BENGALURU (Reuters) - Australia’s housing market revival will carry on into 2020 thanks to a series of interest rate cuts from the Reserve Bank of Australia this year and another expected next year, according to a Reuters poll of property market analysts.
Respondents were, however, skeptical about how long the rebound would last, with most saying it would only be a year before the rate of house price inflation cooled off again.
The latest Reuters poll of 13 property analysts taken Nov. 6-20 showed average home prices would rise 5.0% nationally next year, nearly double the rate predicted just three months ago, and then slowing to 4.5% in 2021.
Six of 10 analysts who answered an additional question said further interest rate cuts to the record-low 0.75% benchmark cash rate after three RBA cuts already this year would stimulate Australia’s housing market activity and prices significantly.
“Oh, how the story has changed. Six months ago, the key debate among many Australian housing market observers was how much further prices could fall,” noted Paul Bloxham, chief economist at HSBC in Sydney.
“We expect housing prices to continue to rise in 2020, underpinned by mortgage rates, which are likely to stay low for a considerable period of time.”
The RBA is expected to ease once more in 2020 in its bid to boost a slowing economy that has marked nearly three decades of uninterrupted expansion.
All but one respondent in the latest Reuters poll said that Australia’s housing market activity is more likely to rebound over the coming 12 months than decline again.
“Households have responded strongly to regulatory easing and rate cuts. Strong pricing growth particularly in Sydney and Melbourne is likely over the next year,” noted Adelaide Timbrell, economist at ANZ.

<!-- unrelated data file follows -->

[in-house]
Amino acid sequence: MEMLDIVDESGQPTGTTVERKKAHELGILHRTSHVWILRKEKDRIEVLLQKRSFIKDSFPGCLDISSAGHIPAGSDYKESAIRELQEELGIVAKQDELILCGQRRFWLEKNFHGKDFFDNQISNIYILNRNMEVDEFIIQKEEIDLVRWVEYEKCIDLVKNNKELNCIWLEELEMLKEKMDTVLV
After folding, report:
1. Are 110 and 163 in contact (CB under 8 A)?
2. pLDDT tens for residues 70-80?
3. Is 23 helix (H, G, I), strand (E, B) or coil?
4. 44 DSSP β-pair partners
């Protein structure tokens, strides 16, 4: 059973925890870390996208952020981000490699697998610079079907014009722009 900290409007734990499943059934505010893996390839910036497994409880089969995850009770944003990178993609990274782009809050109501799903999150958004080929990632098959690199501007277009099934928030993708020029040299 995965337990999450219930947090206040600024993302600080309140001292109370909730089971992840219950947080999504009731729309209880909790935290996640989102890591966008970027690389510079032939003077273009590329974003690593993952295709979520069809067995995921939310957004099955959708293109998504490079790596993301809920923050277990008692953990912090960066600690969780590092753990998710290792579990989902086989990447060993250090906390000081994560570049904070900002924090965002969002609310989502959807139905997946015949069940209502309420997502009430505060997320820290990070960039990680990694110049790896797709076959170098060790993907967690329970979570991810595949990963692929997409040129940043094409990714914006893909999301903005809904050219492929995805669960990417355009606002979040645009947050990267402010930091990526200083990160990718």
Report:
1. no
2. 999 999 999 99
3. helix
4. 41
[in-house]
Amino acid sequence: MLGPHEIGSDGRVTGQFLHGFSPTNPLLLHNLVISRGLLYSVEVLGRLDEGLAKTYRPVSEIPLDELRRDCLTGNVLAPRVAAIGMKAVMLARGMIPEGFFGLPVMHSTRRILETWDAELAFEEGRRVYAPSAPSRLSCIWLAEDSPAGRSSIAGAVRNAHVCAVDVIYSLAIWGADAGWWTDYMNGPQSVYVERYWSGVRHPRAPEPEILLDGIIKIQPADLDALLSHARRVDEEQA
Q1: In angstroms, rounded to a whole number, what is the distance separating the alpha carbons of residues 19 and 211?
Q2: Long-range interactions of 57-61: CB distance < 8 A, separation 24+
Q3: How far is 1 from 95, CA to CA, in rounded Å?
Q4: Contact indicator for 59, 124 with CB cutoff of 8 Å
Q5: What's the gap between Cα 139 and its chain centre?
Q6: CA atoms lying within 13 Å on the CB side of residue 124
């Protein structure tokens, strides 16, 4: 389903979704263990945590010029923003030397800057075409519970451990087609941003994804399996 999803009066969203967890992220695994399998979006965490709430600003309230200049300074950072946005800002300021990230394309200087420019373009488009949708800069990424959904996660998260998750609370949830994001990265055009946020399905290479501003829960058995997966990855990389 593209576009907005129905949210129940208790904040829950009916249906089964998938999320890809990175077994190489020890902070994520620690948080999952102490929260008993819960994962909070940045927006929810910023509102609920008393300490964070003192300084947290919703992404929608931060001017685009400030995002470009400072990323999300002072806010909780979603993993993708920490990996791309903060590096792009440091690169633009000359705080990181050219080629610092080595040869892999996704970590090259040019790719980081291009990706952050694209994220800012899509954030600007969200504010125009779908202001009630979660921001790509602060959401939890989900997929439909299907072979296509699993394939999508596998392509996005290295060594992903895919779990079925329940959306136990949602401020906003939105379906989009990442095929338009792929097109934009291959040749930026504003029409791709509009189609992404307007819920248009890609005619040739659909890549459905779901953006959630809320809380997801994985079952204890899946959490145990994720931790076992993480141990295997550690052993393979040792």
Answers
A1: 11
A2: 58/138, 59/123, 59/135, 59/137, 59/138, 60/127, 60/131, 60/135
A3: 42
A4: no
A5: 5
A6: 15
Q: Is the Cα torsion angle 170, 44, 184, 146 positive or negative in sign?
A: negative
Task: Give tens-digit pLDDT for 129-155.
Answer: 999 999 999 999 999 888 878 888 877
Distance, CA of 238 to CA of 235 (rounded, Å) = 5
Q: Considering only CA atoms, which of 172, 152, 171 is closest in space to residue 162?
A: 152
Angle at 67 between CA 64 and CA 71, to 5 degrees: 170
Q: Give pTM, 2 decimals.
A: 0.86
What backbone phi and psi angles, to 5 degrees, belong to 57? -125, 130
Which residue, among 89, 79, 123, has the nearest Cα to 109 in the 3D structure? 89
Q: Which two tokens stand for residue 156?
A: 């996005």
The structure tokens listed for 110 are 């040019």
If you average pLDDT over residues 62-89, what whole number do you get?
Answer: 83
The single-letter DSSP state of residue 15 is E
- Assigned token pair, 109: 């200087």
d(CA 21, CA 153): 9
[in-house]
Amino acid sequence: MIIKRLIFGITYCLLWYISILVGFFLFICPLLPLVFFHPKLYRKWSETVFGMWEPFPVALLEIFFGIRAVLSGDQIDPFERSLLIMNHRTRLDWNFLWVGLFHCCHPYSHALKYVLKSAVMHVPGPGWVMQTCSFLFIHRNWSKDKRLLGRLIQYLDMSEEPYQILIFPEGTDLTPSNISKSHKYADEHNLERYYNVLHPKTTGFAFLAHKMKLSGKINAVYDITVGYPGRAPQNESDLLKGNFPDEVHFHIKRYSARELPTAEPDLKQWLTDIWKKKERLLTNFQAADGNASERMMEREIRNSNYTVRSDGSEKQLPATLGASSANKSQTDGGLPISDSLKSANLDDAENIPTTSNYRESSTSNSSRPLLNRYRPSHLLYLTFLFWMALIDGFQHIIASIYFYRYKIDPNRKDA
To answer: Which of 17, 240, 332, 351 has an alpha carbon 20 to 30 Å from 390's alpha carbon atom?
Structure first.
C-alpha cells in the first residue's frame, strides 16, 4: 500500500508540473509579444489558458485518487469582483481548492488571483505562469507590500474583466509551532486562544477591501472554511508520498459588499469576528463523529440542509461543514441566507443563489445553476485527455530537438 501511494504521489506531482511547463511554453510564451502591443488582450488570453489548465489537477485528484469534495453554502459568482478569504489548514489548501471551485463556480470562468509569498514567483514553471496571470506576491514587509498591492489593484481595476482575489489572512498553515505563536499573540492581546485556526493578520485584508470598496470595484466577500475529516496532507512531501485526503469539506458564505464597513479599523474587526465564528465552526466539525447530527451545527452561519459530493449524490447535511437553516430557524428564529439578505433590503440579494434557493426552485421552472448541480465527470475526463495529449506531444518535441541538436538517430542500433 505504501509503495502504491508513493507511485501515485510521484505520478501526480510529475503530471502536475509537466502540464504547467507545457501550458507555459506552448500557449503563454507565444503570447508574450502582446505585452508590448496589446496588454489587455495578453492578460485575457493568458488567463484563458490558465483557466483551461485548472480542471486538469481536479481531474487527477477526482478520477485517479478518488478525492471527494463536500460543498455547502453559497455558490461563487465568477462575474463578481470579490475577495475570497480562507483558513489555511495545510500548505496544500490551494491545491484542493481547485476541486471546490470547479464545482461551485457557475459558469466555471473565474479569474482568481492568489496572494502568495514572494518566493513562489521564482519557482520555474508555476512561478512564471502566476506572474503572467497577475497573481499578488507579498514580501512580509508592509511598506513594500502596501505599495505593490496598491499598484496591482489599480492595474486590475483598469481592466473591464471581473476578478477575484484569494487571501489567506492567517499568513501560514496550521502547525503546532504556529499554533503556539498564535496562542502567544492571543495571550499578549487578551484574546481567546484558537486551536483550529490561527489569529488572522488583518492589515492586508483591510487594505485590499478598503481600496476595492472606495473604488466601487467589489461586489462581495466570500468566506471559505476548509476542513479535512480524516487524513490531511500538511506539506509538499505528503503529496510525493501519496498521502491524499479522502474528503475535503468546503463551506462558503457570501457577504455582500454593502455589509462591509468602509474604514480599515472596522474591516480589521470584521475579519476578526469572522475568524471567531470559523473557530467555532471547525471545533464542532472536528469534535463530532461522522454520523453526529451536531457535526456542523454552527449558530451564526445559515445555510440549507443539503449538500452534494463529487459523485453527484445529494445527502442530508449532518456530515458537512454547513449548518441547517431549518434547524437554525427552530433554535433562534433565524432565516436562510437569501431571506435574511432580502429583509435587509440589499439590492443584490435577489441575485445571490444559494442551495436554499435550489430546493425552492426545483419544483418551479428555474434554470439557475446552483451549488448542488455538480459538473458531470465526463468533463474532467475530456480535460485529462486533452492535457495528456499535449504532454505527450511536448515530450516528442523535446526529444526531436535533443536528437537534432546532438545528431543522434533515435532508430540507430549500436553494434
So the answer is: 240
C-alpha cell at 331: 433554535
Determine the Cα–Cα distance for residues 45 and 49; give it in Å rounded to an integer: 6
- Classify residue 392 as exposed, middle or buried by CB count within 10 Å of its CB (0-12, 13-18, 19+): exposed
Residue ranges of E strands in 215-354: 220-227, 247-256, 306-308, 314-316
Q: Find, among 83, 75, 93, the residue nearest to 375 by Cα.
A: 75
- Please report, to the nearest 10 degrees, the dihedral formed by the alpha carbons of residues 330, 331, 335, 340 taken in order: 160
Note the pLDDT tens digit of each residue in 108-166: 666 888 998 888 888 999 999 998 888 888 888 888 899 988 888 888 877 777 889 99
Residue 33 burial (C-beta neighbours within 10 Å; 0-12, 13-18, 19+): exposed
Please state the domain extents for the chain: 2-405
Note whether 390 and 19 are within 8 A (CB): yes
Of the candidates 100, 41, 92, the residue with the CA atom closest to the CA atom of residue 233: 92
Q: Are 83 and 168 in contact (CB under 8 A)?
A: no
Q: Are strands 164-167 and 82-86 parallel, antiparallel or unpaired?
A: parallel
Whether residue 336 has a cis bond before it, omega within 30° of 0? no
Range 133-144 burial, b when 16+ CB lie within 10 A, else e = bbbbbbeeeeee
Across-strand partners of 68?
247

A regional breakdown of the poll data showed Sydney and Melbourne, Australia’s two most populous cities which contribute about 43% to the country’s gross domestic product, would lead property price growth in 2020.
House prices in Sydney and Melbourne were forecast to rise 7.7% and 7.4% in 2020, respectively. In Brisbane and Adelaide they were expected to rise 2-3% next year and in 2021.
But analysts were skeptical about how long the sudden revival in Australia’s property market would last, particularly given that the broader economy is still not showing many signs of improvement.
Australia’s wage price index rose 0.5% in the third quarter and consumer sentiment held below average in November, suggesting that recent monetary policy stimulus has failed to spur household demand.
In a Reuters poll taken last month, economists forecast the Australia economic growth to slow to 1.9% this year, the weakest rate since the 1990-1991 recession, followed by 2.5% in 2020 and 2021.
“A strong rebound in household consumption will remain elusive given that the outlook is for income growth to remain subdued in the coming quarters,” noted Katrina Ell, economist at Moody’s Analytics.
China, Australia’s largest offshore property investor, has imposed strict capital controls amid the ongoing trade conflict with the United States. Analysts said that could affect the sustainability of the recent house price recovery.
“Low foreign demand for housing and a weaker economic environment should limit home price growth. Our view is of national home price growth of around 5% after this initial bounce has run its course,” said Diana Mousina, senior economist at AMP Capital in Sydney.
On an affordability scale of 1 to 10, where 1 is extremely cheap and 10 is extremely expensive, Australia house prices were rated 7 by respondents in the Reuters poll.
Polling and analysis by Vivek Mishra; Editing by Ross Finley and Alexandra Hudson